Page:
Recently I was teaching a teenaged singing student who came…
If you don’t know the answer or even if you do, I implore you to take a look at this fantastic video!
As regular visitors of my site may know I love to feature unique instruments and sounds not often heard in popular culture, so todays weird and wonderful instrument is a traditional Korean instrument believed to have been developed in the 6th century and later improved into the more common Sanjo Gayageum.
The video featured in this article is of Luna Lee playing Voodoo Chile, a re-imagining of Jimmy Hendrix already incredible classic Voodoo Child. What Luna produces out of her Gayageum is rather unexpected:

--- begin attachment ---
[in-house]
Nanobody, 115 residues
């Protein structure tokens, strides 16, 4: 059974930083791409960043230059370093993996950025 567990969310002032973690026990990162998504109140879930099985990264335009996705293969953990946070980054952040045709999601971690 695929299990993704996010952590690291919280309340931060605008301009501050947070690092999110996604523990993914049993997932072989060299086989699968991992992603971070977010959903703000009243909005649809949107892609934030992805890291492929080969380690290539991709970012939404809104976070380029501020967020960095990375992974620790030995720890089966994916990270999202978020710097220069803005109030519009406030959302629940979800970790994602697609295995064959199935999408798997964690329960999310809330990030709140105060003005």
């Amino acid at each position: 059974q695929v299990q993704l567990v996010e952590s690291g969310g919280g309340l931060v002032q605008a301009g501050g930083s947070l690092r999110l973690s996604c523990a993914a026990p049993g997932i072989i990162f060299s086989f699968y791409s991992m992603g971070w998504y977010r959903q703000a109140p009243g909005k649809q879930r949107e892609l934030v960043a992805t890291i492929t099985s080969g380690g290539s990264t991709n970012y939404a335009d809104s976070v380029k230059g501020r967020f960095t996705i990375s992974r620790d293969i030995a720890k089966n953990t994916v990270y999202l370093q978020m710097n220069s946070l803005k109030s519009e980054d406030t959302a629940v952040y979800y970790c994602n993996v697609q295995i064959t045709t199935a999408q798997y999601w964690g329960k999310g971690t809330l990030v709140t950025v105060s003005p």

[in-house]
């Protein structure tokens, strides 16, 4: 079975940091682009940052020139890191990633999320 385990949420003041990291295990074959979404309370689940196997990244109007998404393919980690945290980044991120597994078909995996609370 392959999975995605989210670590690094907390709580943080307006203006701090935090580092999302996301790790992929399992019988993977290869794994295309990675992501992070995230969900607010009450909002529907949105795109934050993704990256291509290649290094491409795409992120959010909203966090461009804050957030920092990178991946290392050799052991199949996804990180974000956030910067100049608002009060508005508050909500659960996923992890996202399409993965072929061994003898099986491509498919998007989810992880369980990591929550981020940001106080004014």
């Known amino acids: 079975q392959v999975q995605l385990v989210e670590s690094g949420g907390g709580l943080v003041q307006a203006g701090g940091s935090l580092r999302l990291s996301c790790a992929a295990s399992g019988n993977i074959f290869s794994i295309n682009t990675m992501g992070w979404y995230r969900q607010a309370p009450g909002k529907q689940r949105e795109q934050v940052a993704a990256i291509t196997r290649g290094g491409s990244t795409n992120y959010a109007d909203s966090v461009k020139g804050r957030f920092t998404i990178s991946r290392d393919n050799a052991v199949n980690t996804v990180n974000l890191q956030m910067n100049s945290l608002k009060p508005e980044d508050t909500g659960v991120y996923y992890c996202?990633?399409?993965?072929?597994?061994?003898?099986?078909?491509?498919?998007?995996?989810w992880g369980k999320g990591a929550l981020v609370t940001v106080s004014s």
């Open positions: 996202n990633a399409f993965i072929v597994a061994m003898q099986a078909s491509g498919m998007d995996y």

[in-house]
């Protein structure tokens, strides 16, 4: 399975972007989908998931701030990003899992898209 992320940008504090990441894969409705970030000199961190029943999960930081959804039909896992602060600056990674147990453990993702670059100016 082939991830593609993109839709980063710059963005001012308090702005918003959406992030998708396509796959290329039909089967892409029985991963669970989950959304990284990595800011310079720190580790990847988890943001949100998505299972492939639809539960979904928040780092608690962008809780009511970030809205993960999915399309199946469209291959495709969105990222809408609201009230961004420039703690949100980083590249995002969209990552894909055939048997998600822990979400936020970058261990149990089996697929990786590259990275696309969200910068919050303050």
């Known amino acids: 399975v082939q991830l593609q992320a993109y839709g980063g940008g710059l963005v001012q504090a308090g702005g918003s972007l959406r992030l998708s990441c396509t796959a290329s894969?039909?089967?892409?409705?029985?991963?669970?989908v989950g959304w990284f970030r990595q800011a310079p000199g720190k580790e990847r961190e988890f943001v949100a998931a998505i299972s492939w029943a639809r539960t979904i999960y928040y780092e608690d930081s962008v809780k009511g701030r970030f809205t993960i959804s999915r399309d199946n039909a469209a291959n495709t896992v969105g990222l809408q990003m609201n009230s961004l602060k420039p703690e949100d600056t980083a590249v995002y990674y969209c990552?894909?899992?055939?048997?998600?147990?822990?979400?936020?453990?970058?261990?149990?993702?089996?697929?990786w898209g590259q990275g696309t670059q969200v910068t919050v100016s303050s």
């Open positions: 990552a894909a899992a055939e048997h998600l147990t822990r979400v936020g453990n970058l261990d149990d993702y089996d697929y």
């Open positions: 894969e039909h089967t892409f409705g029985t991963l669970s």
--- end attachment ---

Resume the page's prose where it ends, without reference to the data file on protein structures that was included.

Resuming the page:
“The gayageum or kayagum is a traditional Koreanzither-like string instrument, with 12 strings, though some more recent variants have 21 or other numbers of strings. It is probably the best known traditional Korean musical instrument. It is related to other Asian instruments, including the Chinese guzheng, the Japanese koto, the Mongolian yatga, and the Vietnamese đàn tranh…
The sanjo gayageum is believed to have evolved in the 19th century with the emergence of sanjo music—which literally means scattered melodies, a musical form that involves fast temos and some improvisation. The sanjo gayageum version of the instrument has closer string spacing and a shorter length to let musicians play the faster passages required for sanjo (Choi 2005). The sanjo gayageum is now the most wide spread form of gayageum.(KCMPC 2001). All traditional gayageum use silk strings, though, since the late 20th century, some musicians use nylon.” Source
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